Nothing much to add to directions on getting to this site, follow the post by formicaant below but make sure to take the right hand path after parking up as there are two to choose from. If you take the left hand path you will make it there eventually but only after walking through some of the army base.
Both paths seem to be predominantly used though by dog walkers and not solders, on a Sunday at least. Follow the narrow right hand path, which is quite overgrown and enclosed until it opens out at the sign warning you are now entering MOD land. The path does continue on though and you don't have to actually go through any security here, I guess it's just luck whether you run into any patrol or not. The gunfire that could clearly be heard from the base was slightly off putting after just reading the sign but the odd friendly dog walker passing by calmed any nerves.
The long barrow is well enclosed behind barbed wire but looks very well preserved for it. It's not possible to get very close but you can get a good perspective of it without taking the risk of jumping fences onto MOD land. This is a smaller structure by far than the Pimperne long barrow it's closest neighbour.
This long barrow is on M.O.D. land, part of Blandford camp, but public footpaths cross the site so access is allowed. I got there via Tarrant Monkton, drive up a dead end track with a turning circle at its end, park and follow the footpath.
The barrow is well worth the effort, its in great condition, this has been an army camp for two hundred years, so agriculture hasn't harmed it. It has a very wide base, I couldn't get close enough to see any side ditches.
(ST 92940884) Long Barrow (NR). (1) The barrow is situated in the area of military camp and has been fenced around. (2)
(17) LONG BARROW 92950885, on Blandford Race Down. Orientated S.E.-N.W., the mound is parallel-sided, 115 ft. long by 48 ft. wide, and up to 6 ft. high. It may be the one opened in 1840 by J. H. Austen, who found an extended inhumation, probably intrusive, 2 1/2 ft. from the top. (3)
ST 92940884. Long barrow; possibly the one opened by J H Austen and found to contain an extended inhumation, probably of much later date. The barrow mound measures 44 metres long, 18 metres wide and stands up to 1.8 metres high. Scheduling amended. (4)
(17) Long Barrow (92950885), on Blandford Race Down, lies at over 350 ft. above O.D. on a gentle E. slope, just off the crest of a Chalk ridge. Orientated S.E.-N.W., the mound is parallel-sided, 115 ft. long by 48 ft. wide, and up to 6 ft. high. It may be the one opened in 1840 by J. H. Austen, who found an extended inhumation, probably intrusive, 2½ ft. from the top (C.T.D. Pt. 2, No. 27). (O.S., Map of Neolithic Wessex, No. 157.)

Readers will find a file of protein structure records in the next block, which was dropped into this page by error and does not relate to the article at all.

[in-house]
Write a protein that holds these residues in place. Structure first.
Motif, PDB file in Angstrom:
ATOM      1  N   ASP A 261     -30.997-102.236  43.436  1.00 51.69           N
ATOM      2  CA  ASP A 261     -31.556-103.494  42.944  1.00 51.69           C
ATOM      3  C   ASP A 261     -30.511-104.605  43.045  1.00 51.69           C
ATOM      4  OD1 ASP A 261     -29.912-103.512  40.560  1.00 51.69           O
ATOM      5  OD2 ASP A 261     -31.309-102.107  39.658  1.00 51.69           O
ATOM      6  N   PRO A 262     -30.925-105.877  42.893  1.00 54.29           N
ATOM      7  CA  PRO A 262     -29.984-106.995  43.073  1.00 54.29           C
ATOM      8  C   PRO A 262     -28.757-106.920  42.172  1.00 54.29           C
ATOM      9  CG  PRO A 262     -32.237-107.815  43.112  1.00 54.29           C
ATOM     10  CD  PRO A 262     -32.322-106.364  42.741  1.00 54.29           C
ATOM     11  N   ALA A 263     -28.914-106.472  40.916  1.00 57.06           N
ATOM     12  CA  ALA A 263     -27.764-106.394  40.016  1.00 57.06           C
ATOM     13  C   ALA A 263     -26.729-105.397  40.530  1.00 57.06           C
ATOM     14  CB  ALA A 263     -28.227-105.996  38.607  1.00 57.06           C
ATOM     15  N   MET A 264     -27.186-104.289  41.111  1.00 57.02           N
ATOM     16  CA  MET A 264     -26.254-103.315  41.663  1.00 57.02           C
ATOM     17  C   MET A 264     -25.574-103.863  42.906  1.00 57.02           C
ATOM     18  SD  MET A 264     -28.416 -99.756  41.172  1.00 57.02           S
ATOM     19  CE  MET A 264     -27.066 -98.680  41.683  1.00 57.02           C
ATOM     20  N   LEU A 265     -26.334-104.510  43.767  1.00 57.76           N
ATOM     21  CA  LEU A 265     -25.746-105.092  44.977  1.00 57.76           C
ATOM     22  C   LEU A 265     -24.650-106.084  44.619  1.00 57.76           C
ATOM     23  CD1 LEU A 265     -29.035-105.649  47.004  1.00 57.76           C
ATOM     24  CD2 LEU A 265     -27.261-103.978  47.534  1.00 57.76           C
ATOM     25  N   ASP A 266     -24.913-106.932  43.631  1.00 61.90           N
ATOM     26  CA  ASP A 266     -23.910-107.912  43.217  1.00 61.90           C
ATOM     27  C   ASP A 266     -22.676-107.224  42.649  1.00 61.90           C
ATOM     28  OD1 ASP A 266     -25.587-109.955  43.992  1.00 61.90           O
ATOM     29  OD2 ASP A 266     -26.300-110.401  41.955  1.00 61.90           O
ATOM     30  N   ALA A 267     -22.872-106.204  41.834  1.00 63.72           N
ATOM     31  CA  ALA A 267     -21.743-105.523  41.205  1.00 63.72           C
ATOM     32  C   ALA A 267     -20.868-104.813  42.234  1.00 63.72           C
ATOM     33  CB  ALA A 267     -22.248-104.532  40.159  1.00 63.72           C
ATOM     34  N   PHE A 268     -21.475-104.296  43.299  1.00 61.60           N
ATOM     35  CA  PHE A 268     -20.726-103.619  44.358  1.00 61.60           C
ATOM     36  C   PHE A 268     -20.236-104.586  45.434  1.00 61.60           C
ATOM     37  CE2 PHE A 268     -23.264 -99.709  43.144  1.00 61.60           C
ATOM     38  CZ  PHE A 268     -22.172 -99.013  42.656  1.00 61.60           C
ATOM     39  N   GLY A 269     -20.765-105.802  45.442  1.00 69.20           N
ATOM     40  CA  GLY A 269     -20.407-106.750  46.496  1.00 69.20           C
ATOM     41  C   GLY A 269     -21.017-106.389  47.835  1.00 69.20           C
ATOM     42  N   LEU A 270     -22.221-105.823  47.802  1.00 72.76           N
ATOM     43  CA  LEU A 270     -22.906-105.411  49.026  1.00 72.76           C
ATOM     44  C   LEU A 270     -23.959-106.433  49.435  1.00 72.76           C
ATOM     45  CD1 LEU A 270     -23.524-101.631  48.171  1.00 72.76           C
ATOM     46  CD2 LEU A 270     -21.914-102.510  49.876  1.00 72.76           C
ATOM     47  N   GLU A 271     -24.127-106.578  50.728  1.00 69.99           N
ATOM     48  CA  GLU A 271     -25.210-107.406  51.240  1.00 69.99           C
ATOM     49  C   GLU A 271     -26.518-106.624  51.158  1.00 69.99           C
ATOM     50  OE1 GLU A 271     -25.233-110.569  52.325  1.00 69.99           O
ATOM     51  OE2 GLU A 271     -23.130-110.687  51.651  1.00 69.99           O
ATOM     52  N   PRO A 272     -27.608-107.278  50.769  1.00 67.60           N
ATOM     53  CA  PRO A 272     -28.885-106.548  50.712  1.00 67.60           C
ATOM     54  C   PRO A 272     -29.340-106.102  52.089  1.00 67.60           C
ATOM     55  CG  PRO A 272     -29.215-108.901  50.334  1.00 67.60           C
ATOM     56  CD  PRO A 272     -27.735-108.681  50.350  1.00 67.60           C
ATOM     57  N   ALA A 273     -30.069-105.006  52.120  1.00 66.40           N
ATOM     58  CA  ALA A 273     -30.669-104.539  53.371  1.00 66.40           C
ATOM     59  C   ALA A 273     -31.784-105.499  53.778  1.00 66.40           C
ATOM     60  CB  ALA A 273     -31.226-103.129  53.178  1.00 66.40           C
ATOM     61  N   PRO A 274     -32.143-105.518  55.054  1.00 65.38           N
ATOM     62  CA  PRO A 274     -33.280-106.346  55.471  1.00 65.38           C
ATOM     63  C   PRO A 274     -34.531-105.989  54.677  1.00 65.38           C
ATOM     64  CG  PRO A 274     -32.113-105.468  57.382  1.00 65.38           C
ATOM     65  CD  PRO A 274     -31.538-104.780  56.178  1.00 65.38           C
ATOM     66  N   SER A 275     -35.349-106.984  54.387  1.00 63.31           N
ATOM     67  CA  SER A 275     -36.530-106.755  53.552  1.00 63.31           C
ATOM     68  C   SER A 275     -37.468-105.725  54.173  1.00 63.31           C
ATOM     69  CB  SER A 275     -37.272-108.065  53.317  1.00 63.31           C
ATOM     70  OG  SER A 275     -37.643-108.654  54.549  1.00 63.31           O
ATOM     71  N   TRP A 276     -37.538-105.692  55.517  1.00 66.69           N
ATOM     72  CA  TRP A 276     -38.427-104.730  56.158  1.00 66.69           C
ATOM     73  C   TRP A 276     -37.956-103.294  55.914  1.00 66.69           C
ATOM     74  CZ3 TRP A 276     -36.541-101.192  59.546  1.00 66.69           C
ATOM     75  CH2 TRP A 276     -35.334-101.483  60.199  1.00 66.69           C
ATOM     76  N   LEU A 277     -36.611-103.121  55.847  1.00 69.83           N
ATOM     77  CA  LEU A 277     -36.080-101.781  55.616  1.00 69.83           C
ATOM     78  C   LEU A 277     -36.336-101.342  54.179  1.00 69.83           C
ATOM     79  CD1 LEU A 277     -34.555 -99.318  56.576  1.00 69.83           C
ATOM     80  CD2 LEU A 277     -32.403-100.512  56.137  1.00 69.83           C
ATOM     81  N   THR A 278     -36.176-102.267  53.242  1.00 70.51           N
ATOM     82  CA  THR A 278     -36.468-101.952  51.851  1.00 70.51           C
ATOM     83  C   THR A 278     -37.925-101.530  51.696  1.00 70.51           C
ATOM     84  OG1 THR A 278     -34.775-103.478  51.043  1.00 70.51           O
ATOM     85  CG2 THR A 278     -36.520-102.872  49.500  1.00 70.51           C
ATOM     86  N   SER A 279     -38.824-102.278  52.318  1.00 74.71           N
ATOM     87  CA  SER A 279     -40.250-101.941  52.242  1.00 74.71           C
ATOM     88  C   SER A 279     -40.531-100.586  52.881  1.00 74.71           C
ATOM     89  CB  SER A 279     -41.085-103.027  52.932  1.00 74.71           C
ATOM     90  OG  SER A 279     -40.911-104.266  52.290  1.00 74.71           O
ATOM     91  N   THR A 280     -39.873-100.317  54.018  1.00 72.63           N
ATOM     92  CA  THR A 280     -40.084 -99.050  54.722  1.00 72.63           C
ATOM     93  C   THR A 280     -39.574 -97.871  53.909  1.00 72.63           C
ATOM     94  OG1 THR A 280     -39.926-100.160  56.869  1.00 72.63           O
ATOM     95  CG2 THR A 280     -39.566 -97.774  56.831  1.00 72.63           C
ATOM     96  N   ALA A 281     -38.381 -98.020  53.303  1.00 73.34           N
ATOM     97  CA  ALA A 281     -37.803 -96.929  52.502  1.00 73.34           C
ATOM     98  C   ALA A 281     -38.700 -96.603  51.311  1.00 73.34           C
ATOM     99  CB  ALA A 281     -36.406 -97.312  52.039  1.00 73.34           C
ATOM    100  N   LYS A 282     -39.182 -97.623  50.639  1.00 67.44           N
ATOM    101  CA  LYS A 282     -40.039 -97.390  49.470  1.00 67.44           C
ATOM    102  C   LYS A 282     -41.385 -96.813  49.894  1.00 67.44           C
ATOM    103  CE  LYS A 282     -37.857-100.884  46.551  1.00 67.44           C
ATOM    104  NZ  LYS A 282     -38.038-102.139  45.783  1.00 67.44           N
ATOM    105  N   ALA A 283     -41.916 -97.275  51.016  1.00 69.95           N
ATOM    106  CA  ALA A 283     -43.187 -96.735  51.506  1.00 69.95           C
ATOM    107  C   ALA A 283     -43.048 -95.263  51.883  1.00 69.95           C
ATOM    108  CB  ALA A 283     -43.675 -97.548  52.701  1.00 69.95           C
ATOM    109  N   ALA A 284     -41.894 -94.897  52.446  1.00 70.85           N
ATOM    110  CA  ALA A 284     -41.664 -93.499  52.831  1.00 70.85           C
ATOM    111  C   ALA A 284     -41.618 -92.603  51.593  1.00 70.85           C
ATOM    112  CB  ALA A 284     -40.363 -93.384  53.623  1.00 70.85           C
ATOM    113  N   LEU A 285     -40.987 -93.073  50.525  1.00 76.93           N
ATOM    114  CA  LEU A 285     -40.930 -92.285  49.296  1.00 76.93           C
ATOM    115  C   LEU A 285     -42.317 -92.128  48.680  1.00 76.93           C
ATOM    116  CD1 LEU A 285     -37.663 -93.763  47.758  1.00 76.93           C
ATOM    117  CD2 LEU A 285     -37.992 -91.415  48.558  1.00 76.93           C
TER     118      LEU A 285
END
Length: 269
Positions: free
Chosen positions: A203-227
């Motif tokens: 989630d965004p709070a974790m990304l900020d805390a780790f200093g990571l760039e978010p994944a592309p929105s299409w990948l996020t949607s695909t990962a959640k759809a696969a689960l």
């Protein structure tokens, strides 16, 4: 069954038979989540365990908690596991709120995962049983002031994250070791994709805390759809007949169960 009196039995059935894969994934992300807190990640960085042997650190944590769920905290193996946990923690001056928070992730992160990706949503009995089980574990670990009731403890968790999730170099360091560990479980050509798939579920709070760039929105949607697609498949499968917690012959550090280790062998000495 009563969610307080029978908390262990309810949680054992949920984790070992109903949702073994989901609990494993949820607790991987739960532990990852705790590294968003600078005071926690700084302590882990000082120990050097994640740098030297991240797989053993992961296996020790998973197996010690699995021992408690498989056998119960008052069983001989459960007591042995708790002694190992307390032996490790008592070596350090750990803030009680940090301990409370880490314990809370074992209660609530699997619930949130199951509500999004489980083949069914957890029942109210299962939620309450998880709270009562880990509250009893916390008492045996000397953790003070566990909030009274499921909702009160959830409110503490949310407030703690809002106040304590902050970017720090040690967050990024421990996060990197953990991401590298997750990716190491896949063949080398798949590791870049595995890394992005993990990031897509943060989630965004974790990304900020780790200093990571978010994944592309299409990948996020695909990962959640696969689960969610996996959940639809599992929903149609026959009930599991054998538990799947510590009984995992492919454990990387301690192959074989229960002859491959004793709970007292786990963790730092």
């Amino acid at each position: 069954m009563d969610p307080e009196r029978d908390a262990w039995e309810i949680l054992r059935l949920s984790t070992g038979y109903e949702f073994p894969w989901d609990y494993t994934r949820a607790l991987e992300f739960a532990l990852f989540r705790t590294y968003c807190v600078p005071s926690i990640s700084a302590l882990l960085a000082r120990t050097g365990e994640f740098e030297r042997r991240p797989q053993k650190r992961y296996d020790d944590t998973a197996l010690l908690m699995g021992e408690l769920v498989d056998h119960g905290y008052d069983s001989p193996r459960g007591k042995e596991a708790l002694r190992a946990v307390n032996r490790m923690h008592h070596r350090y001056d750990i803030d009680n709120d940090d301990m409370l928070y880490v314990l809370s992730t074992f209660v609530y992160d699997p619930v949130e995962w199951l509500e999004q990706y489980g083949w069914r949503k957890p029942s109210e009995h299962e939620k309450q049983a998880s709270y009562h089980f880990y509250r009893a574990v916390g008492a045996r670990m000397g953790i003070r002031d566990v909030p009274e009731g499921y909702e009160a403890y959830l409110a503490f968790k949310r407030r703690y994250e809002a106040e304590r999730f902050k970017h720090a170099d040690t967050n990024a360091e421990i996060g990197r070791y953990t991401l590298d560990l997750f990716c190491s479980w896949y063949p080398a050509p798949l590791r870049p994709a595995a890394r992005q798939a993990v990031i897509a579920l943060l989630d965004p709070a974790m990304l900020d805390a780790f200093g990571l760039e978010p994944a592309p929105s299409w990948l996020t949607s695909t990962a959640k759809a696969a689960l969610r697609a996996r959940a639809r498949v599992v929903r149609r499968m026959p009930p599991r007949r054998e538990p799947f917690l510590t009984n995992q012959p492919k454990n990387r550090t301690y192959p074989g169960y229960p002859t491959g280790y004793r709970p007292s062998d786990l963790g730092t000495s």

(ST 92650920) Settlement (NR). (1)
Small sherds of Iron Age and Romano-British pottery, including a possible small pot base of New Forest ware, were found during investigation. Within the area of the settlement are two probable barrows 'A' (ST 92770918) and 'B' (ST 92540922), both with large central hollows but no surrounding ditches. Dimensions, 7.0m diameter by 0.6m high and 14.8m diameter by 1.3m high respectively. See 1:2500 plan attached. (2) Iron Age and Romano-British settlement 925092 on Blandford Down The site, severely damaged during the present century comprises a nucleated occupation area of about eight acres characterised by low earthworks, now much disturbed, among which a number of sunken platforms are probably the sites of former buildings. The area of occupation lies within a larger area, about 500 yds. in diameter, defined by shallow ditches, low banks and scarps. At least four contemporary tracks in the form of shallow hollow-ways, 25 ft. to 50 ft. across, run into this area. Outside the settlement on the N.E., air photographs show a small subrectangular enclosure (93000947), about 250 ft. by 150 ft., associated with linear ditches and possibly with other enclosures it lies on the N. side of a track which extends E.N.E. from the settlement for at least 1,000 yds., as far as 937097. 'Celtic' fields extend S.W. of the settlement, but nowhere do they join it. (3)
ST 92710924. Iron Age and Romano-British settlement and two Bronze Age bowl barrows on Blandford Race Down. The area occupied by the site has been disturbed by military activity during the 20th century. This disturbance includes a zigzag trench, used for training purposes, probably early in the 20th century. Scheduling amended. (4)